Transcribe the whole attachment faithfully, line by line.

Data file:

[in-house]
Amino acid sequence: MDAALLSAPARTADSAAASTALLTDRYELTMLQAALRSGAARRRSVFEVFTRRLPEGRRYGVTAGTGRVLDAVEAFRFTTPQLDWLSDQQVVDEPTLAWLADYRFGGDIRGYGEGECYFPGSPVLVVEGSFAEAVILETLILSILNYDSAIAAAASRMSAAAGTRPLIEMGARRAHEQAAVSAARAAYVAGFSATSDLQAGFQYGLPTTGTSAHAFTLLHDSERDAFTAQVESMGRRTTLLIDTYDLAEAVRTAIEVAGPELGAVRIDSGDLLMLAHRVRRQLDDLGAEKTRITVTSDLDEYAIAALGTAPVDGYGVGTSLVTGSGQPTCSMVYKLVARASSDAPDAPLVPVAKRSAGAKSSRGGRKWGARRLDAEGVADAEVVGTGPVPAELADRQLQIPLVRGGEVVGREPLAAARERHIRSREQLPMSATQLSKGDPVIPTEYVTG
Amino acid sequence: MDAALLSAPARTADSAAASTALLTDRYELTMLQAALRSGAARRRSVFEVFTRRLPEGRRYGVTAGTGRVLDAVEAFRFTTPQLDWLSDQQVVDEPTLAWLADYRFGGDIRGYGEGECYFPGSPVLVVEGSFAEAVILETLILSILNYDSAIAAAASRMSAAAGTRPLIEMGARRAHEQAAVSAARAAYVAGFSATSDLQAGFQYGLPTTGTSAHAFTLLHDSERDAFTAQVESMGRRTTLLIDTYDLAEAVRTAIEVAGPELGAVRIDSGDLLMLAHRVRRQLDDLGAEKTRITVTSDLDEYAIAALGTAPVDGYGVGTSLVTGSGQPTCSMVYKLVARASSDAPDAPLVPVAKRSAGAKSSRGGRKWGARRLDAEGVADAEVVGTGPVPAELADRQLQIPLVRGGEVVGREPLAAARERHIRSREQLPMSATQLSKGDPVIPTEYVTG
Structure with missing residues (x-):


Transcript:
[in-house]
Amino acid sequence: MDAALLSAPARTADSAAASTALLTDRYELTMLQAALRSGAARRRSVFEVFTRRLPEGRRYGVTAGTGRVLDAVEAFRFTTPQLDWLSDQQVVDEPTLAWLADYRFGGDIRGYGEGECYFPGSPVLVVEGSFAEAVILETLILSILNYDSAIAAAASRMSAAAGTRPLIEMGARRAHEQAAVSAARAAYVAGFSATSDLQAGFQYGLPTTGTSAHAFTLLHDSERDAFTAQVESMGRRTTLLIDTYDLAEAVRTAIEVAGPELGAVRIDSGDLLMLAHRVRRQLDDLGAEKTRITVTSDLDEYAIAALGTAPVDGYGVGTSLVTGSGQPTCSMVYKLVARASSDAPDAPLVPVAKRSAGAKSSRGGRKWGARRLDAEGVADAEVVGTGPVPAELADRQLQIPLVRGGEVVGREPLAAARERHIRSREQLPMSATQLSKGDPVIPTEYVTG
Amino acid sequence: MDAALLSAPARTADSAAASTALLTDRYELTMLQAALRSGAARRRSVFEVFTRRLPEGRRYGVTAGTGRVLDAVEAFRFTTPQLDWLSDQQVVDEPTLAWLADYRFGGDIRGYGEGECYFPGSPVLVVEGSFAEAVILETLILSILNYDSAIAAAASRMSAAAGTRPLIEMGARRAHEQAAVSAARAAYVAGFSATSDLQAGFQYGLPTTGTSAHAFTLLHDSERDAFTAQVESMGRRTTLLIDTYDLAEAVRTAIEVAGPELGAVRIDSGDLLMLAHRVRRQLDDLGAEKTRITVTSDLDEYAIAALGTAPVDGYGVGTSLVTGSGQPTCSMVYKLVARASSDAPDAPLVPVAKRSAGAKSSRGGRKWGARRLDAEGVADAEVVGTGPVPAELADRQLQIPLVRGGEVVGREPLAAARERHIRSREQLPMSATQLSKGDPVIPTEYVTG
Structure with missing residues (x-):